Highly corrosion resistant platinum–niobium oxide–carbon nanotube electrodes for the oxygen reduction in PEM fuel cells

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DOIResolve DOI: http://doi.org/10.1039/c2ee02689a
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TypeArticle
Journal titleEnergy & Environmental Science
ISSN1754-5692
1754-5706
Volume5
Issue3
Pages61566172
AbstractNanocomposite materials consisting of platinum deposited on carbon nanotubes are emerging electrocatalysts for the oxygen reduction reaction in PEM fuel cells. However, these materials albeit showing promising electrocatalytic activities suffer from unacceptable rates of corrosion during service. This study demonstrates an effective strategy for creating highly corrosion-resistant electrocatalysts utilizing metal oxide coated carbon nanotubes as a support for Pt. The electrode geometry consisted of a three-dimensional array of multi-walled carbon nanotubes grown directly on Inconel and conformally covered by a bilayer of Pt/niobium oxide. The activities of these hybrid carbon-metal oxide materials are on par with commercially available carbon-supported Pt catalysts. We show that a sub-nanometre interlayer of NbO2 provides effective protection from electrode corrosion. After 10,000 cyclic voltammetry cycles from 0.5 V to 1.4 V, the loss of electrochemical surface area, reduction of the half-wave potential, and the loss of specific activity of the NbO2 supported Pt were 10.8%, 8 mV and 10.3%, respectively. Under the same conditions, the catalytic layers with Pt directly deposited onto carbon nanotubes had a loss of electrochemical area, reduction of half-wave potential and loss of specific activity of 47.3%, 65 mV and 65.8%, respectively. The improved corrosion resistance is supported by microstructural observations of both electrodes in their post-cycled state. First principles calculations at the density functional theory level were performed to gain further insight into changes in wetting properties, stability and electronic structure introduced by the insertion of the thin NbO2 film.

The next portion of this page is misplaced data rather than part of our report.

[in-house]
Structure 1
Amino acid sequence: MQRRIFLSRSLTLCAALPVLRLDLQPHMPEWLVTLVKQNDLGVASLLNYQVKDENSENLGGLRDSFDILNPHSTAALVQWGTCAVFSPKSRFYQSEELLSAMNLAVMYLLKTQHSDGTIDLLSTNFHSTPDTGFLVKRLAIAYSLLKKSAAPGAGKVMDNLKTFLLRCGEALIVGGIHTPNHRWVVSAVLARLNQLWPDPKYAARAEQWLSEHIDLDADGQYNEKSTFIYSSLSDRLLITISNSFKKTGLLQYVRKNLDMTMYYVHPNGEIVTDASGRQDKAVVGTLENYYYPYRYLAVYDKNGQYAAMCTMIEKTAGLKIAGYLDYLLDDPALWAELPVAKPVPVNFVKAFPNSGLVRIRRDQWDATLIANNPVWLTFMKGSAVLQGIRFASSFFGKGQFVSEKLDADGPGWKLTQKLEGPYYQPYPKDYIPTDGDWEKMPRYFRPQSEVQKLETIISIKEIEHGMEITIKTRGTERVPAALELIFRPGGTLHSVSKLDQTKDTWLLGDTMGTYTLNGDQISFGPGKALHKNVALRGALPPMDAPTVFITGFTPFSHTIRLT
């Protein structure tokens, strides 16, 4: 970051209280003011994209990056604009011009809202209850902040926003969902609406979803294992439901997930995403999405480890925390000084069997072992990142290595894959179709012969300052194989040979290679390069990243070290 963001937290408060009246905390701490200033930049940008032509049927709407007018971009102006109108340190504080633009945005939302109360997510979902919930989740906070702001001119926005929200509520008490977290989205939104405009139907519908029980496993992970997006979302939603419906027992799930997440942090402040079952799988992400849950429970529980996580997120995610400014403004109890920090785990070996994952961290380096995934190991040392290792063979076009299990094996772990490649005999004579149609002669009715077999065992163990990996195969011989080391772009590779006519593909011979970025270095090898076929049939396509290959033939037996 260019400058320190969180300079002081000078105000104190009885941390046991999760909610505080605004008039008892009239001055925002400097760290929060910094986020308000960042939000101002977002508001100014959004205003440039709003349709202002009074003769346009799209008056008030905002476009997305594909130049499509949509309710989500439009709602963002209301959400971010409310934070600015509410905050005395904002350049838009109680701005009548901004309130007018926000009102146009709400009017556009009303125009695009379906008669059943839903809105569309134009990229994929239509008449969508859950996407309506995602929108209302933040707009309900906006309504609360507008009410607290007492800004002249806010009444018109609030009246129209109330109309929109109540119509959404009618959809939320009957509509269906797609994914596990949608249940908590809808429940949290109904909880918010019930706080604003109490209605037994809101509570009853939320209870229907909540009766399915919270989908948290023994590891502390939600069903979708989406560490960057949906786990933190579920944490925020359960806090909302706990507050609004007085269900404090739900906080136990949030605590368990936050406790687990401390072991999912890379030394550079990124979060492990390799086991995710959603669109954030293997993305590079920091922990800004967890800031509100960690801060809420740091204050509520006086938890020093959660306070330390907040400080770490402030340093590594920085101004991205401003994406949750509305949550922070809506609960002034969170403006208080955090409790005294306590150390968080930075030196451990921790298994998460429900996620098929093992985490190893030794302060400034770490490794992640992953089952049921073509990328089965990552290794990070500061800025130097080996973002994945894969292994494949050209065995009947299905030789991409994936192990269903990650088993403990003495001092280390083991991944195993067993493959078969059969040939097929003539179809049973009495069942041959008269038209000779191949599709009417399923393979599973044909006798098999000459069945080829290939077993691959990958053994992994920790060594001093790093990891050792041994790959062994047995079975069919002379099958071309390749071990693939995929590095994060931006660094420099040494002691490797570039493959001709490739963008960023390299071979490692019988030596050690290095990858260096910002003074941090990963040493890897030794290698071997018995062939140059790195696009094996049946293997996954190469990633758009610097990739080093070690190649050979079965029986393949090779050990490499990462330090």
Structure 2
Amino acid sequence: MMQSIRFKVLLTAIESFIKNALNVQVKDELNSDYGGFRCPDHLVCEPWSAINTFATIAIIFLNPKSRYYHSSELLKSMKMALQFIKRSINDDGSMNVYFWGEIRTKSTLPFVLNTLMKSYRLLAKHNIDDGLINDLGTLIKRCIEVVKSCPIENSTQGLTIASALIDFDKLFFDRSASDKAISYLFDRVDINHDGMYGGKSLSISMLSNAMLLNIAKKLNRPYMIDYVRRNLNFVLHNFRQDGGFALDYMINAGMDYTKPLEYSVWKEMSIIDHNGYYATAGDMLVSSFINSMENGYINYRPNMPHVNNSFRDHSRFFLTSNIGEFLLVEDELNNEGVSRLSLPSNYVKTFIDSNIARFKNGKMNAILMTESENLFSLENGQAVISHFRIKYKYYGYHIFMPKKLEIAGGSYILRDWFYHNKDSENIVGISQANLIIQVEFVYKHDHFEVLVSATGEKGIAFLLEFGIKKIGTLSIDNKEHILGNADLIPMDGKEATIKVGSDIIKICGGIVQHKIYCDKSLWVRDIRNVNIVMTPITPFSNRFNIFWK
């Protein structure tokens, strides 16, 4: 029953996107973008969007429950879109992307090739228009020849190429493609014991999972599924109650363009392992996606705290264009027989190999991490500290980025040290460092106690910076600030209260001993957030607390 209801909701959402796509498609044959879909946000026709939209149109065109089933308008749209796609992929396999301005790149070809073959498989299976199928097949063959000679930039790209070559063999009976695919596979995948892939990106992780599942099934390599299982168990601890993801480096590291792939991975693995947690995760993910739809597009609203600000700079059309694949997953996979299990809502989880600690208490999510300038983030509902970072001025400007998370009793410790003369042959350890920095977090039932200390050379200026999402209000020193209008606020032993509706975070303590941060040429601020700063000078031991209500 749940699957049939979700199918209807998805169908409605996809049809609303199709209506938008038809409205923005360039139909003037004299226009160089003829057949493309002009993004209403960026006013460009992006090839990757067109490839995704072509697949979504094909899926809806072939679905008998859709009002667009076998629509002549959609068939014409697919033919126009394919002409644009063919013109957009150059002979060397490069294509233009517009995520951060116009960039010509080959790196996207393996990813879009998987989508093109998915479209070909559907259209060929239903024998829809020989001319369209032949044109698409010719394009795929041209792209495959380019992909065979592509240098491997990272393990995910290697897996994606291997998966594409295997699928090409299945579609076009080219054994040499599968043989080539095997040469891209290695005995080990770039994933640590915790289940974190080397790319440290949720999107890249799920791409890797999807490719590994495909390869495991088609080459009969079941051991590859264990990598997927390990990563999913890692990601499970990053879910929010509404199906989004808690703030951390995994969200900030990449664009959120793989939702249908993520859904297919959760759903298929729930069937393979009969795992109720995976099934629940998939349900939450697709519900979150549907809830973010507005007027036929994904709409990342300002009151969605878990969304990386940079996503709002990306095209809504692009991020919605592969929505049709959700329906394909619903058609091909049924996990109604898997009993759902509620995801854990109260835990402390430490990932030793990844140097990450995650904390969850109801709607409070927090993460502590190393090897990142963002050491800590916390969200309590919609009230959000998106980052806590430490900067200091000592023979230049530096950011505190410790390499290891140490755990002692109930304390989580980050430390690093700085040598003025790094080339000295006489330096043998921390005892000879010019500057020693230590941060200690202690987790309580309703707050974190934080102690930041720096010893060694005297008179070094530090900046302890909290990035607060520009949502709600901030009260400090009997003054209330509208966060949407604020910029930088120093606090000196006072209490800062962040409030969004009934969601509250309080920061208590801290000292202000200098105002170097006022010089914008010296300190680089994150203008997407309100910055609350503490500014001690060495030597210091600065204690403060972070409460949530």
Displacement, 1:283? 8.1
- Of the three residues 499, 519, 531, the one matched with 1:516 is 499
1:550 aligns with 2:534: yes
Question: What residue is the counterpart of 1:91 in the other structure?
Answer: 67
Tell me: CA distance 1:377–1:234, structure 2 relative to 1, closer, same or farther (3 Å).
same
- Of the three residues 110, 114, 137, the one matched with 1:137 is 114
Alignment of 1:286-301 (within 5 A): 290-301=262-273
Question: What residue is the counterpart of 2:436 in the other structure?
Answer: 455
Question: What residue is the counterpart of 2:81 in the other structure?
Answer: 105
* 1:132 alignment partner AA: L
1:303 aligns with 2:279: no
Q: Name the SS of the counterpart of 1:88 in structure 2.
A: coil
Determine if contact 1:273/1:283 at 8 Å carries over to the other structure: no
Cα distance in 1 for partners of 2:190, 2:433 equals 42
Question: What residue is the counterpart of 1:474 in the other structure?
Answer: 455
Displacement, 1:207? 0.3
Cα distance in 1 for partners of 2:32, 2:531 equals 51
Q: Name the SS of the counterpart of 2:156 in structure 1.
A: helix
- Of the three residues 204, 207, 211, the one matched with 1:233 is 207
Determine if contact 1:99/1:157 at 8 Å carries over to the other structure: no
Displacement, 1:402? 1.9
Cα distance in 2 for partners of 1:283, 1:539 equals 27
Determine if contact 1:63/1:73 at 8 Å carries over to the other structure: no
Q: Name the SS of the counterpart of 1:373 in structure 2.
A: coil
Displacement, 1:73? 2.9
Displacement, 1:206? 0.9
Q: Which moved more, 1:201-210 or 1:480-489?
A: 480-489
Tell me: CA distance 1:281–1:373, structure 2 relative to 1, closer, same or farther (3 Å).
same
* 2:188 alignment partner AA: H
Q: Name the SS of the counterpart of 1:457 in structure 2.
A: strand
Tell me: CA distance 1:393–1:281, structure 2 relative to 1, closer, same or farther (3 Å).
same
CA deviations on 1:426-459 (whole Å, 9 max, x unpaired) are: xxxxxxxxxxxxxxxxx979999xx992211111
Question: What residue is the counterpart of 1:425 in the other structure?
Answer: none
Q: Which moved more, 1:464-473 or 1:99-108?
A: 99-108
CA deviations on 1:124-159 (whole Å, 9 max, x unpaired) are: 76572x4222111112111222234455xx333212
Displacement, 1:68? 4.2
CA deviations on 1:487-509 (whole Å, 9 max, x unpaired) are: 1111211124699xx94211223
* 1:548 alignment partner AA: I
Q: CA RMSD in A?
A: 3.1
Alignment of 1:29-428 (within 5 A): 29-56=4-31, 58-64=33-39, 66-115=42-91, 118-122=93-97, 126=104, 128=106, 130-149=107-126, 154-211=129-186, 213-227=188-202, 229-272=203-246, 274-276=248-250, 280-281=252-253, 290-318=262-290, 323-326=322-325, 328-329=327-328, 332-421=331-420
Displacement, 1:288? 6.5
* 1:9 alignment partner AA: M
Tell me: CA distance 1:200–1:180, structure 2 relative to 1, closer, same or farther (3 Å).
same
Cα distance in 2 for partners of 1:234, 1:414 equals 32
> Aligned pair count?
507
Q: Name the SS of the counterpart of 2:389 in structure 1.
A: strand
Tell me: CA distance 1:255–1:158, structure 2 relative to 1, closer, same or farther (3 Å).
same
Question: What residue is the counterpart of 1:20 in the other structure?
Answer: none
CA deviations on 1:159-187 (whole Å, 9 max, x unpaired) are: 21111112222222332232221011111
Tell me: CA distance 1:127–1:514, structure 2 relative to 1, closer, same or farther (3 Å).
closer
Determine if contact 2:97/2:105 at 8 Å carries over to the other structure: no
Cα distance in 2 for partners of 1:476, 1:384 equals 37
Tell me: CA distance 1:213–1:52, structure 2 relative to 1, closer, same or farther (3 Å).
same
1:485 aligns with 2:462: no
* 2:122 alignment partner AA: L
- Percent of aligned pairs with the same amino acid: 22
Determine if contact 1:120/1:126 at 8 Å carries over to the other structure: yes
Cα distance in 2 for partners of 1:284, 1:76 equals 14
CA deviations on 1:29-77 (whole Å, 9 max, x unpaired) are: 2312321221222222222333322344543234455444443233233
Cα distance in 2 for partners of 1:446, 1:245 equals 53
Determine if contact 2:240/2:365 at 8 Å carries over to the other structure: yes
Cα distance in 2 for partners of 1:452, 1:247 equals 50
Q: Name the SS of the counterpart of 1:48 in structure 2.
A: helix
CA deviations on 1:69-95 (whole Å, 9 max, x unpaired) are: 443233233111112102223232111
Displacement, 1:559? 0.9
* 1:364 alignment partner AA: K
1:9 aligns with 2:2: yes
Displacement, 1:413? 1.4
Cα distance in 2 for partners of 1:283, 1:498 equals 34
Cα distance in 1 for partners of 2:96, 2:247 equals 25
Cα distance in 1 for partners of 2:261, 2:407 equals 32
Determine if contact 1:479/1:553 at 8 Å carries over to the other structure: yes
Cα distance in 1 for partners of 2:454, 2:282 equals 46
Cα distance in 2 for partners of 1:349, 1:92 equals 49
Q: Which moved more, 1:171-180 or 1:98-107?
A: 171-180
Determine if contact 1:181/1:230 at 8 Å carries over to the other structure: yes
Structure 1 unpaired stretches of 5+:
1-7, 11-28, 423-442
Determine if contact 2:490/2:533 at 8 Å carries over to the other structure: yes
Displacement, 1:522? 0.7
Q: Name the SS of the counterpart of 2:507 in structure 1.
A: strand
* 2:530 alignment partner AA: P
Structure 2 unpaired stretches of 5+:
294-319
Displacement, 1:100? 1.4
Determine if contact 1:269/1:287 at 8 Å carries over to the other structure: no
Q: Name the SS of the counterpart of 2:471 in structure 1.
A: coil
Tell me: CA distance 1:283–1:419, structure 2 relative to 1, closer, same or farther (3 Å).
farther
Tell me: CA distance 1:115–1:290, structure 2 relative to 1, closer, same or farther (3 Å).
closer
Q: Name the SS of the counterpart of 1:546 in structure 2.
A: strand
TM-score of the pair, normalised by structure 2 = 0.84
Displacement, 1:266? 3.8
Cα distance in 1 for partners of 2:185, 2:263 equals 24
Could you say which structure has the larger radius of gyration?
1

Publication date
LanguageEnglish
AffiliationNational Institute for Nanotechnology; NRC Institute for Fuel Cell Innovation; National Research Council Canada
Peer reviewedYes
NPARC number21268947
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Record identifier02730b2e-801b-44ef-b5ca-227c99f4d5fb
Record created2013-11-27
Record modified2016-05-09
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